Women in Riyadh, Saudi Arabia.
(photo credit: REUTERS)
Women in Saudi Arabia are getting ready to vote for the first time, though records show that only a minuscule amount have actually registered so far.
Accordingto a report by Al Arabiya on Sunday, only 16 women in the country of almost 28 million have registered to vote in December's municipal elections. That amounts to about 0.0000079 percent of the population within voting age.
Harsh Islamic laws imposed on Saudi women could be behind low registration numbers. Women in Saudi Arabia are not allowed to drive, nor are they allowed to leave their house without a male family member.
Women could prove to fare slightly better in terms of candidate registration, however, which also marks the first time women can be political candidates. It was reported that an estimated 70 women were planning to run as municipal candidates, while 80 were planning to be campaign managers.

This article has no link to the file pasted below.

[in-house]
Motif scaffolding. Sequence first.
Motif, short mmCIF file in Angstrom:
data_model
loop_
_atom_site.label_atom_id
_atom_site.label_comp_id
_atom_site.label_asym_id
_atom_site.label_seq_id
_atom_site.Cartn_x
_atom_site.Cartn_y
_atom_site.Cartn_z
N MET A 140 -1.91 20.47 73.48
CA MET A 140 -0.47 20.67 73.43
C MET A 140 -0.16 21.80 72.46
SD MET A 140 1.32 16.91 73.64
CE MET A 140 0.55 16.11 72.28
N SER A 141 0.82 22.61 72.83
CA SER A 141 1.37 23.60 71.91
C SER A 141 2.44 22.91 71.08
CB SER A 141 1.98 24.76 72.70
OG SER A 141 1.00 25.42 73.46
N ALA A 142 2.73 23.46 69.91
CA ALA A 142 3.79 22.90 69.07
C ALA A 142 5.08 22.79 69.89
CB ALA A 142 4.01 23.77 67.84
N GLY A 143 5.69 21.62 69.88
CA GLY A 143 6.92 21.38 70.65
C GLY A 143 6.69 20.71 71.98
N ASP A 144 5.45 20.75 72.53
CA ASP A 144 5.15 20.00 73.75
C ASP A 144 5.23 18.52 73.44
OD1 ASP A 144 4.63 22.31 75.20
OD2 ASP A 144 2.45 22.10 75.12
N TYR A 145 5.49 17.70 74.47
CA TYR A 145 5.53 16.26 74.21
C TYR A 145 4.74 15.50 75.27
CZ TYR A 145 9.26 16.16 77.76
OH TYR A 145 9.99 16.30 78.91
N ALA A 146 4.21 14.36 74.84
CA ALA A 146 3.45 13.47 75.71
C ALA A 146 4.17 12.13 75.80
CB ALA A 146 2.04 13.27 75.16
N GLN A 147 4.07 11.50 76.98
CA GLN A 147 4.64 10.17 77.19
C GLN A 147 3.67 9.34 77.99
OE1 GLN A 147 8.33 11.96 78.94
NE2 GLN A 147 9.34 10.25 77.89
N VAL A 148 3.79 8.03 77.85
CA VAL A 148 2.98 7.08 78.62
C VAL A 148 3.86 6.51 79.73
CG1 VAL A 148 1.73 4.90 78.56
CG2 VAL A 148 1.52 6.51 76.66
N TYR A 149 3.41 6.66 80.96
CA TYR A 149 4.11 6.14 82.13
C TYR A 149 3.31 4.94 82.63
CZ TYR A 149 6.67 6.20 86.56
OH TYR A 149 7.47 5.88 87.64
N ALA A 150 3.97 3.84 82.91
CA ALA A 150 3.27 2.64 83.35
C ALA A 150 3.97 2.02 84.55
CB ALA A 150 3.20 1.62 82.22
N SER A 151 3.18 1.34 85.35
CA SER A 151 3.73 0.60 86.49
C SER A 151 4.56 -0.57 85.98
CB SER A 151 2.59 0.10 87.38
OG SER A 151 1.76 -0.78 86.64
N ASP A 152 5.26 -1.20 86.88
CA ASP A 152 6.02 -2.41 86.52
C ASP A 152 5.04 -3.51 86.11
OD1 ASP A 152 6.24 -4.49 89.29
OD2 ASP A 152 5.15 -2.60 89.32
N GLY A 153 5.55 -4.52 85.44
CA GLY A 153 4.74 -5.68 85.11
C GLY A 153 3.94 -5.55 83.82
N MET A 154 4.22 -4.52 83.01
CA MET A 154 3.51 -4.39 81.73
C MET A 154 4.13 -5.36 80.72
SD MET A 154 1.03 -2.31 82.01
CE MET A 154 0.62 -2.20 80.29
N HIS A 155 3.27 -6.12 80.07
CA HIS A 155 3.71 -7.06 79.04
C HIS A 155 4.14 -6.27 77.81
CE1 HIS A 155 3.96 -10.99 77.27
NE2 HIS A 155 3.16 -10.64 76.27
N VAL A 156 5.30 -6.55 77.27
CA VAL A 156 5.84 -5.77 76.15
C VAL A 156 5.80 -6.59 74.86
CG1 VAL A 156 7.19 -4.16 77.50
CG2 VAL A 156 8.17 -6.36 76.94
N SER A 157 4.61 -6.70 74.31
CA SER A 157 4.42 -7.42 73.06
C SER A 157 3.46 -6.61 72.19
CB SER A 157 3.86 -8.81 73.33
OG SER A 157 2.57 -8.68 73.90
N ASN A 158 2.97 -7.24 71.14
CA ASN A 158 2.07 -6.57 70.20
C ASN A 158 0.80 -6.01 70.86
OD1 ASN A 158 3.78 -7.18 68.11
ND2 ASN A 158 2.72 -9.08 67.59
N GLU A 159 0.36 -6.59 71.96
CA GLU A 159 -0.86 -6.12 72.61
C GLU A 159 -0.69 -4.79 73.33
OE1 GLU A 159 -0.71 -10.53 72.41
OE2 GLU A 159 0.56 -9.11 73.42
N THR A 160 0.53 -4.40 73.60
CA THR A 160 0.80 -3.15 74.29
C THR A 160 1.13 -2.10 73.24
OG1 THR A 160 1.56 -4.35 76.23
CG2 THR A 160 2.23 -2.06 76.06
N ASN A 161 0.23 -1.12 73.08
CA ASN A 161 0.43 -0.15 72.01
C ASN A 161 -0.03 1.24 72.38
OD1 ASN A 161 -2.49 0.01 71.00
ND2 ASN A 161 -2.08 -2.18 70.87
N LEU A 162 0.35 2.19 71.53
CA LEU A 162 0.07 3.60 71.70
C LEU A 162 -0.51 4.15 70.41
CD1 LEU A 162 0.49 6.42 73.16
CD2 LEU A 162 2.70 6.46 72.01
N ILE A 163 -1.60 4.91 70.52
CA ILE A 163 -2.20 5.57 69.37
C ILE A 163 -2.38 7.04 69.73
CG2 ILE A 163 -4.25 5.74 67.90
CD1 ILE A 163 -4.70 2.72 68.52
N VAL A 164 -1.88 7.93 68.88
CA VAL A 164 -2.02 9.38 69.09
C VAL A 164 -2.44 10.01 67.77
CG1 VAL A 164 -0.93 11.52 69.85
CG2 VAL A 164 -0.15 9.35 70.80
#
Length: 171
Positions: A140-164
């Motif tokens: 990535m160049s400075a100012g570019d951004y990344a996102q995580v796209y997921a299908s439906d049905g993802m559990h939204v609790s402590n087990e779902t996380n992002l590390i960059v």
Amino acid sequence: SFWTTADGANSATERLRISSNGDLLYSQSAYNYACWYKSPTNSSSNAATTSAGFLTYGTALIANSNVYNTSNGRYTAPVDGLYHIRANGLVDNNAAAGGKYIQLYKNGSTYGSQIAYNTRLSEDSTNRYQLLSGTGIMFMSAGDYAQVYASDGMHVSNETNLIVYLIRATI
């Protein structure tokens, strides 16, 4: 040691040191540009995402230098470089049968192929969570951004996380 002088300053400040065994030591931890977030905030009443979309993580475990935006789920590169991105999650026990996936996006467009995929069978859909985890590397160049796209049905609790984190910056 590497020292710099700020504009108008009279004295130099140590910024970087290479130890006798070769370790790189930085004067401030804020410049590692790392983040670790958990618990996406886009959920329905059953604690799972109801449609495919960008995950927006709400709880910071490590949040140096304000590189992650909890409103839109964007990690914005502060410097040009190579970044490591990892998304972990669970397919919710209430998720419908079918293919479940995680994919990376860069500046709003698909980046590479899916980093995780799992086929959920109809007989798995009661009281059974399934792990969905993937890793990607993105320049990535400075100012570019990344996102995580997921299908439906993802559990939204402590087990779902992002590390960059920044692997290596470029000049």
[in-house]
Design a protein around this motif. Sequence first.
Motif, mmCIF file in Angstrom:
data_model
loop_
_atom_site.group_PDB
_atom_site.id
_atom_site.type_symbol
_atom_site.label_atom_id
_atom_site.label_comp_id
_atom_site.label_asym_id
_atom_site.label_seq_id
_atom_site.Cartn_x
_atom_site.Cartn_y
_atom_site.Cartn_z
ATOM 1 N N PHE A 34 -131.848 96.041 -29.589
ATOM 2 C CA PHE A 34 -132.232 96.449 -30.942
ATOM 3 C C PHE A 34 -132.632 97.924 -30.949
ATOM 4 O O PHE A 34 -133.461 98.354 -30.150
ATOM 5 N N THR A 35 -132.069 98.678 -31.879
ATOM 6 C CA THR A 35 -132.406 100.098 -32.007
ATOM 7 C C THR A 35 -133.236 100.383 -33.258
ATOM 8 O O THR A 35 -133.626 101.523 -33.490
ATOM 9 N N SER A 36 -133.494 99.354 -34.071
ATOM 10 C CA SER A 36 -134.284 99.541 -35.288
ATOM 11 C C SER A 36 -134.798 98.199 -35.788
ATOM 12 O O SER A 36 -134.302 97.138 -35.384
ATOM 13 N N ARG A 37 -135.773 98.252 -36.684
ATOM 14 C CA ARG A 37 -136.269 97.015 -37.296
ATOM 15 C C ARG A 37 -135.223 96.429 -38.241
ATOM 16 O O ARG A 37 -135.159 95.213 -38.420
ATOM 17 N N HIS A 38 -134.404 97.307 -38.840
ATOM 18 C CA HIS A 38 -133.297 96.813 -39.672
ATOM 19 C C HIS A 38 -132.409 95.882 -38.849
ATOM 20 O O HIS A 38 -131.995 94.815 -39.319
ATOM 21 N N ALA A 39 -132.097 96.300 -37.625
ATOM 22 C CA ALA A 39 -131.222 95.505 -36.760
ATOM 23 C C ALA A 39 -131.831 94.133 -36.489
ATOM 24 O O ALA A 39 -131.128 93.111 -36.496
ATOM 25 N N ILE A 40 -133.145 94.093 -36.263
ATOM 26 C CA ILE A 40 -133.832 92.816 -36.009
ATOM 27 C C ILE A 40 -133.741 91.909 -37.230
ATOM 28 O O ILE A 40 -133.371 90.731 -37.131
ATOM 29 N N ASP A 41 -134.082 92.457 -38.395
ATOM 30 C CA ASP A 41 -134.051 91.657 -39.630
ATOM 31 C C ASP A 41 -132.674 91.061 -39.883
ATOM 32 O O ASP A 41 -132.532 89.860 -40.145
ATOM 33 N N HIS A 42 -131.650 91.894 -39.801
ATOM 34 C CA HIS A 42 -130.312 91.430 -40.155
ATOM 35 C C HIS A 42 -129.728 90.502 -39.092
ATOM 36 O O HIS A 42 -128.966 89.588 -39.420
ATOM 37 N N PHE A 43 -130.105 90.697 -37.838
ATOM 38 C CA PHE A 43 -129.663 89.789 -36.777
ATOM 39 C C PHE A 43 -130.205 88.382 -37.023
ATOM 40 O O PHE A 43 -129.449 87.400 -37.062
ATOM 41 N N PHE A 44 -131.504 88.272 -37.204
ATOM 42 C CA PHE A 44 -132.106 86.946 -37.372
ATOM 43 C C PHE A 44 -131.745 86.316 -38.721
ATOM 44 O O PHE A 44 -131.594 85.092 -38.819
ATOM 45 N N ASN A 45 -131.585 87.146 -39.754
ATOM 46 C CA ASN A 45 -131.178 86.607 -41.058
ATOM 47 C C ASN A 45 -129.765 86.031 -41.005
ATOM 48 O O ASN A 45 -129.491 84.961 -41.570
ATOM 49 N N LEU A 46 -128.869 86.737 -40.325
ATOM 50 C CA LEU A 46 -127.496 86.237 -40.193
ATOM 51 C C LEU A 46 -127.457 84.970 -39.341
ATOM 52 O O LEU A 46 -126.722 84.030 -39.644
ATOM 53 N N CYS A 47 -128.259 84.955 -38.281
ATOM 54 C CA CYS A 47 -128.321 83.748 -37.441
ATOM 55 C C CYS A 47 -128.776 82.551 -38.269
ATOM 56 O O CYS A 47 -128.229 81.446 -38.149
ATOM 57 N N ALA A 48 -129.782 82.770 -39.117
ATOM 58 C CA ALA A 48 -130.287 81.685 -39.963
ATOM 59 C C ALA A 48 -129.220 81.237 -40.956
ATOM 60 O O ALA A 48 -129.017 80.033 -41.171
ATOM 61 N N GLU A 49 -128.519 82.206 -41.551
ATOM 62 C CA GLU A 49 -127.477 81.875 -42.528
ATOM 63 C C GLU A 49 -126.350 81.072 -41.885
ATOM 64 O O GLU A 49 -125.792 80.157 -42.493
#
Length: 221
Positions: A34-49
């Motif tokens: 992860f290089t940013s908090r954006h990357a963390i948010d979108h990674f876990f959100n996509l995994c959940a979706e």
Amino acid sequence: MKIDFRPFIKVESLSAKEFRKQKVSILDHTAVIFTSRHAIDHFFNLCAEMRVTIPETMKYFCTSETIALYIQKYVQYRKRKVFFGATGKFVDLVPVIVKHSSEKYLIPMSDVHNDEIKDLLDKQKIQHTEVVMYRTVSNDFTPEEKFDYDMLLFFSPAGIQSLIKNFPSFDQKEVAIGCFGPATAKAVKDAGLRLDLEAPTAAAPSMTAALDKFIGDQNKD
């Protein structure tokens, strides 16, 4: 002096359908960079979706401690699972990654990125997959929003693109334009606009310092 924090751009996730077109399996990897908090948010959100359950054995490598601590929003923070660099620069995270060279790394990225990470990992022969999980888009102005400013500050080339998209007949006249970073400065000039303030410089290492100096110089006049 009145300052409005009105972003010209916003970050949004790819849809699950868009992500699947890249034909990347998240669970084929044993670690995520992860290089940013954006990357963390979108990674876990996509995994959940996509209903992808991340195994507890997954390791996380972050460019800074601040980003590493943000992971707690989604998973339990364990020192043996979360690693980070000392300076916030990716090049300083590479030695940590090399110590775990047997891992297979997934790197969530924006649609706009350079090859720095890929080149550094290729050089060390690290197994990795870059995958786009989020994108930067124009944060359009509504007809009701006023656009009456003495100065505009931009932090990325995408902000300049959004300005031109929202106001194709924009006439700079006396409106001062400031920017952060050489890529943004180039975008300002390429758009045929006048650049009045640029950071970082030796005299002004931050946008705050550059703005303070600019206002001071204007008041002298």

The reason for Saudi female suffrage is thanks to a 2011 ruling by Saudi King Abdullah bin Abdulaziz, who passed away on January 23. The ruling initially made it possible for women to take part in the unelected, advisory Shura Council, which vets legislation but has no binding powers.
He said at the time that he gave women voting rights "because we refuse to marginalize women in society in all roles that comply with sharia."
Women's rights are regarded as a litmus test for the government's appetite for social and political reform, though change has not been made on other women's issues.
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